Learning by Leading™
LSU AgCenter Botanic Gardens at Burden is 440 acres of gardens, woodlands and wetlands located approximately 3 miles from campus. As part of LSU, the Gardens offers a Learning by Leading™ Internship Program (LxL) that empowers the intern to develop leadership skills that can lead to careers in sustainable horticulture and environmental stewardship.
Interns work directly with a staff mentor and under the leadership of student leaders, (co-coordinators). This happens during the first semester. The internship is for 3 hours a week. Course credit can be obtained for the semester by your School or Department. Second semester co-coordinators will receive an hourly wage and work up to 20 hours a week.
A listing of current internship postings can be found on Handshake at LSU: Learning by Leading™ internship Opportunities. Apply online today!
Develop educational programming that includes geocaching, birding trails and other projects in the gardens and woodlands.
Vegetable and Ornamental Gardens
Learn about planting, growing, maintaining and harvesting the All-America Selections (AAS) vegetable and ornamental trial gardens. Conduct evaluations and understand best practices in planting and maintaining trial gardens.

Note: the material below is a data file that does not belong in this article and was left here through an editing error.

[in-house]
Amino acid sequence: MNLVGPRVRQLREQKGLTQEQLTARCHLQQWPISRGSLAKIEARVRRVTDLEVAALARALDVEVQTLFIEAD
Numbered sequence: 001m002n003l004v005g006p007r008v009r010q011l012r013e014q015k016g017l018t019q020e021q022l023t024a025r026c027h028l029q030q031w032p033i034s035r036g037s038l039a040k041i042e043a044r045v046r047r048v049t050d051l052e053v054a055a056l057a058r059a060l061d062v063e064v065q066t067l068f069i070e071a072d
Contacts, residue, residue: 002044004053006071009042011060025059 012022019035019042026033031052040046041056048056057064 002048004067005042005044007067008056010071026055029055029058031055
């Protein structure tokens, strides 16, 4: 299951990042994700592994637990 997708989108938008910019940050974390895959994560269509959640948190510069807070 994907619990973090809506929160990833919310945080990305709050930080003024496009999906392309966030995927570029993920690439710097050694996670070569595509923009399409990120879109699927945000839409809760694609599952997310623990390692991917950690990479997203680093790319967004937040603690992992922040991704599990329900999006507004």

GIS and Digital Mapping
Learn about GIS (Geographic Information Systems) and BG-BASE accessioning program to document botanical collections in gardens and arboreta
Learn about data collection in the forest recording tree measurements and using i-Tree software to quantify the benefits and values of trees in urban spaces.
Communications and Public RelationsWork with LSU AgCenter Botanic Gardens at Burden staff and fellow student coordinators to assist with social media, event planning and public speaking.Create social media posts that are educational and highlight the expansive gardens, woodlands, wetlands, and arboreta with the goal of drawing people into visiting the Botanic Gardens.
What is the Learning by Leading™ Internship Program?
The Learning by LeadingTM (LxL) Internship Program empowers the intern to develop leadership skills that can lead to careers in sustainable horticulture and environmental stewardship.
How is the LxL Program Different from a Traditional Internship?
In many traditional internships, students often are learners the whole time they are in the program. The LXL internship program differs from the traditional student internship program with the mindset that a student’s journey from a learner to leader in the workplace involves not just the learning experience, but empowers students to take on leadership roles thereby building a culture of leadership that extends into the community.
What is the Learning by Leading™ Ladder?